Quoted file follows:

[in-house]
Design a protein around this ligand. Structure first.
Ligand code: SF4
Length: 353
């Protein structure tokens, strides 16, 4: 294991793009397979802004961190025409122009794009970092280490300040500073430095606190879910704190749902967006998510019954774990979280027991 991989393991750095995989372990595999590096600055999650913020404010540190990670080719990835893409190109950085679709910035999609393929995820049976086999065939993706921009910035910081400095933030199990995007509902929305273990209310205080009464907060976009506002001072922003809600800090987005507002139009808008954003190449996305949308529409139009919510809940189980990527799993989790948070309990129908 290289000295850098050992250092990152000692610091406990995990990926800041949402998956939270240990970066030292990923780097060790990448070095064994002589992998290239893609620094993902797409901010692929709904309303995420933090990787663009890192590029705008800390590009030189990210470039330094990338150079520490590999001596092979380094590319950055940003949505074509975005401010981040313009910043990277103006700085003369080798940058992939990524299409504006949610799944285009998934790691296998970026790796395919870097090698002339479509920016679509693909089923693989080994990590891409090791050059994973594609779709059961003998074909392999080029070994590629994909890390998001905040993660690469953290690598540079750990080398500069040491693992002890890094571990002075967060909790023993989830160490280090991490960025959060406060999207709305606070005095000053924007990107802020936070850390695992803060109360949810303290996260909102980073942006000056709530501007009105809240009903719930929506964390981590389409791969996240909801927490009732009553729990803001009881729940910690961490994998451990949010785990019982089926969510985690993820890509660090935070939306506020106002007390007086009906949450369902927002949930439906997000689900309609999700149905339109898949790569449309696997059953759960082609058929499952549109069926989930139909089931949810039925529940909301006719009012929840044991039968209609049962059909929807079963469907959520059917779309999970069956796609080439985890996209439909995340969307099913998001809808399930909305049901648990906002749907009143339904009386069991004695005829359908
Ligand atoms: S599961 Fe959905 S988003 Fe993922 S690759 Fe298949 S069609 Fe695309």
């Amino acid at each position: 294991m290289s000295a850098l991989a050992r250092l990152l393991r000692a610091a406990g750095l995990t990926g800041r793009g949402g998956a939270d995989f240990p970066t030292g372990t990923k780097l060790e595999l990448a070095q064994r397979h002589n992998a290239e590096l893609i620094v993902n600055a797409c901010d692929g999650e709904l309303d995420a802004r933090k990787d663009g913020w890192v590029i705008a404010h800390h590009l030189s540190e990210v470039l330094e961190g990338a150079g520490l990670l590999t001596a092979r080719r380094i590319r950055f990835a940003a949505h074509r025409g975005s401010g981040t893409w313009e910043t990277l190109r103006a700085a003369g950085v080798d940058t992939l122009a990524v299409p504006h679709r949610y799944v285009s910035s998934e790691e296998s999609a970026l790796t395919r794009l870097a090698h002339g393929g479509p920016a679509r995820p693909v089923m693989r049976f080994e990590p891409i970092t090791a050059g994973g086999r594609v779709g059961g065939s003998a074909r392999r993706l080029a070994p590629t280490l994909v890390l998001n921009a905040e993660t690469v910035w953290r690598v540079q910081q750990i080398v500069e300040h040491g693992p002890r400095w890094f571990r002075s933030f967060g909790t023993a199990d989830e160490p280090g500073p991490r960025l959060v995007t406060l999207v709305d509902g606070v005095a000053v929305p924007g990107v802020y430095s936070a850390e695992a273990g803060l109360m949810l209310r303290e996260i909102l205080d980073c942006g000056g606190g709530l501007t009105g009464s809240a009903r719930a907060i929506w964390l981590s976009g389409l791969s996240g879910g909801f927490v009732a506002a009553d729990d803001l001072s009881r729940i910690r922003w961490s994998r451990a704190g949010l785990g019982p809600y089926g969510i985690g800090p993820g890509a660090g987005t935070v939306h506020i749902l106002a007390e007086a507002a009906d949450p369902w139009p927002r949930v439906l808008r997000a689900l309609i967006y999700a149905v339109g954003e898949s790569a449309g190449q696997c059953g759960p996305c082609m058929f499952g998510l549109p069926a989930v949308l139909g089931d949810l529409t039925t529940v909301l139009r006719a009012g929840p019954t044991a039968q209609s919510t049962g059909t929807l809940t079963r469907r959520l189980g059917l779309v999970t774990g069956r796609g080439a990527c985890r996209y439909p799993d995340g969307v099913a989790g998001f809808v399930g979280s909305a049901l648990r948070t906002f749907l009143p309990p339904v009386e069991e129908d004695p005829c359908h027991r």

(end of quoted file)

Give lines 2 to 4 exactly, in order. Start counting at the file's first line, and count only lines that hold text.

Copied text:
Design a protein around this ligand. Structure first.
Ligand code: SF4
Length: 353